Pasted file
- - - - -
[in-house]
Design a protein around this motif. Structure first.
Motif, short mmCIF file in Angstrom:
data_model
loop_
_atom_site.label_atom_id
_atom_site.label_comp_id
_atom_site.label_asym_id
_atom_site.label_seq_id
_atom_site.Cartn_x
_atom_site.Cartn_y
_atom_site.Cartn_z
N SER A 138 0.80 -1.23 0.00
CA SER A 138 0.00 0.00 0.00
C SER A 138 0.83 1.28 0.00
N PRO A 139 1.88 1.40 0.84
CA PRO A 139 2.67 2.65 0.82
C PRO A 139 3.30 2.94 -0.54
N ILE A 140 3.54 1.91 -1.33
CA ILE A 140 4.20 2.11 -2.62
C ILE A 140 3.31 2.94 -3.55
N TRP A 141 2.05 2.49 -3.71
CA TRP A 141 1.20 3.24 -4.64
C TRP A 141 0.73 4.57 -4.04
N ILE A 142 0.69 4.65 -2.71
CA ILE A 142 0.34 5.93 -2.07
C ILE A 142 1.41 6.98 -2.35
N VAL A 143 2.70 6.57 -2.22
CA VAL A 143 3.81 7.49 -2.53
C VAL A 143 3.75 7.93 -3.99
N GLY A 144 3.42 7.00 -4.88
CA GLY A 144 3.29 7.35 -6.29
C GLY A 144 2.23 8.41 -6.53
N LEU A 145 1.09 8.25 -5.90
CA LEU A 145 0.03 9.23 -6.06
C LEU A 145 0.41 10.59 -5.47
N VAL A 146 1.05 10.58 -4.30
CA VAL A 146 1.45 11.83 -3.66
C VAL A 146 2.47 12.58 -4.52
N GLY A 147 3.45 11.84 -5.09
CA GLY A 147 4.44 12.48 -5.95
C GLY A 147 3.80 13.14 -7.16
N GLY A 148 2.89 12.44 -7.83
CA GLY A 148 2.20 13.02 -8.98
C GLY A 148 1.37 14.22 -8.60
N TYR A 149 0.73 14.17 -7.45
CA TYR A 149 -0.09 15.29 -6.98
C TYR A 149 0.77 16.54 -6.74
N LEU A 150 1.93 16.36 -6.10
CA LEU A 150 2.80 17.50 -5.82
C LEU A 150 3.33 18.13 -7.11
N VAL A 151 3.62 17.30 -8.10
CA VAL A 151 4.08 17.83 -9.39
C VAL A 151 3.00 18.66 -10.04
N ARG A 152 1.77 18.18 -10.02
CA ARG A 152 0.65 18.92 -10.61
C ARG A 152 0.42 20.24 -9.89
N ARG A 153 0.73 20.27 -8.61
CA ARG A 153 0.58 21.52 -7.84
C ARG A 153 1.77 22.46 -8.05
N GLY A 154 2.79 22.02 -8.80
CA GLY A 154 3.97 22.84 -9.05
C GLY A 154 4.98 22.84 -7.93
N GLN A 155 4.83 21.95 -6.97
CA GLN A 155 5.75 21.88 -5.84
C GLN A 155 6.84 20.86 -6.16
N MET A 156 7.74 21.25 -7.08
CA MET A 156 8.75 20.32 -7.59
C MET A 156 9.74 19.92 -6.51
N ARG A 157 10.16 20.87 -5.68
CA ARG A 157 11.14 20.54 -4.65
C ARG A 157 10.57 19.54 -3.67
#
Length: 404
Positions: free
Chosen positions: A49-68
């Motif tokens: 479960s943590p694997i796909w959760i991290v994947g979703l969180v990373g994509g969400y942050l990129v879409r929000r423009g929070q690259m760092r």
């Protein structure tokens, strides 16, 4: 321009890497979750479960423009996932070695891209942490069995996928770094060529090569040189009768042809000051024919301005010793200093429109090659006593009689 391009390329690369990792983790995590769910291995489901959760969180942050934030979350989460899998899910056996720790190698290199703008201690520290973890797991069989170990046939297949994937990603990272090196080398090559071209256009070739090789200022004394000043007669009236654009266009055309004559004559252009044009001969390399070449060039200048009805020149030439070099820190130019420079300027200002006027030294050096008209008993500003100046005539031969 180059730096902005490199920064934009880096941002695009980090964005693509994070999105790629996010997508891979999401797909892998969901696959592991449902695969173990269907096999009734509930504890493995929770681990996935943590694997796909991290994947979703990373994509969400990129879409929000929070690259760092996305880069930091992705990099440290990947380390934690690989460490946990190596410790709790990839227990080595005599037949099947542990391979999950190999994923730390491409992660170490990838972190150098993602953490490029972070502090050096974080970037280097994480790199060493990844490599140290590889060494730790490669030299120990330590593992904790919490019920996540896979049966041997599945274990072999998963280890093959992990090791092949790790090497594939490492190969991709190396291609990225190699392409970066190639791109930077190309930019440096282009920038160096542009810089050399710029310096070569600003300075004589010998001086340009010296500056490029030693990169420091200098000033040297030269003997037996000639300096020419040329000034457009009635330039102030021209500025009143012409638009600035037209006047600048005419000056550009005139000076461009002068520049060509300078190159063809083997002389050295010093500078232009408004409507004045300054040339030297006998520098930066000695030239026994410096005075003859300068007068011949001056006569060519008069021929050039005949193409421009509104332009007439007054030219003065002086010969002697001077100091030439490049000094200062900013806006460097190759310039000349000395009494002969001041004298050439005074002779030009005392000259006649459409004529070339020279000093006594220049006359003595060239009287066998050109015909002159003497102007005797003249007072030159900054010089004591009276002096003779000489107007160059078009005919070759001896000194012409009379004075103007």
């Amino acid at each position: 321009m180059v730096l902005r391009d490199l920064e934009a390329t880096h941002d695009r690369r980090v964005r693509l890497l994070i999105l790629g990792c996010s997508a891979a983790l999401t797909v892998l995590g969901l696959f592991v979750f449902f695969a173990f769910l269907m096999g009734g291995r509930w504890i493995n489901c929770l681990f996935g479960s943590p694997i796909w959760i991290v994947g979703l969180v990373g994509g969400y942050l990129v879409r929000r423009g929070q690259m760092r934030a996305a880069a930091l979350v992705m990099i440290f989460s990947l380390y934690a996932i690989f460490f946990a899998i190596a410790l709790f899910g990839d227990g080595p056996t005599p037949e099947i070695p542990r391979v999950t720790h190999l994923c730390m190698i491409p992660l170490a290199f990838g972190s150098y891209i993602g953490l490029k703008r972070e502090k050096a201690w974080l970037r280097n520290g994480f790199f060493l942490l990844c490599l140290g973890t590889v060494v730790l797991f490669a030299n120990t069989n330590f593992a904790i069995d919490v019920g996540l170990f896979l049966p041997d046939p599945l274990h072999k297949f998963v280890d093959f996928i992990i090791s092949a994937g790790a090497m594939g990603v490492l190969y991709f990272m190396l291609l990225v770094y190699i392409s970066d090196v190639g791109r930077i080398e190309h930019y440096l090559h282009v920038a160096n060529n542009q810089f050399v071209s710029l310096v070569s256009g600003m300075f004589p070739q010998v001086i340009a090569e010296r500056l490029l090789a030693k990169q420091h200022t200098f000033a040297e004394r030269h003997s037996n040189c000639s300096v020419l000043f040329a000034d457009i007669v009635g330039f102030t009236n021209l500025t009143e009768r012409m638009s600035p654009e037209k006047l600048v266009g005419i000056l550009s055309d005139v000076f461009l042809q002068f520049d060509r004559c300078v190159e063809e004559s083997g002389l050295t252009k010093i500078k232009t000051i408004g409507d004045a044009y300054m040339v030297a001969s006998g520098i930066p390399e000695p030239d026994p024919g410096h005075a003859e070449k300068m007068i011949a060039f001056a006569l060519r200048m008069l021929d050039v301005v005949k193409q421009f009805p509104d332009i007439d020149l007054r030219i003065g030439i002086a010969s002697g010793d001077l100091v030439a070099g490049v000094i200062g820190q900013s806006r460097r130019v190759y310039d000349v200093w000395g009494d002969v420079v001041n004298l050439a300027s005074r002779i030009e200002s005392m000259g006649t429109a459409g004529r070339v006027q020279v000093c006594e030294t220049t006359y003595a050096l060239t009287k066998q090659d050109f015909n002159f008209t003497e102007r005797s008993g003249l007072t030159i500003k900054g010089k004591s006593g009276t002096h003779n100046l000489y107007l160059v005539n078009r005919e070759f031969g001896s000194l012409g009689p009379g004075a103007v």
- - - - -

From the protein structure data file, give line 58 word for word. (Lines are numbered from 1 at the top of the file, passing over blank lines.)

N ARG A 153 0.73 20.27 -8.61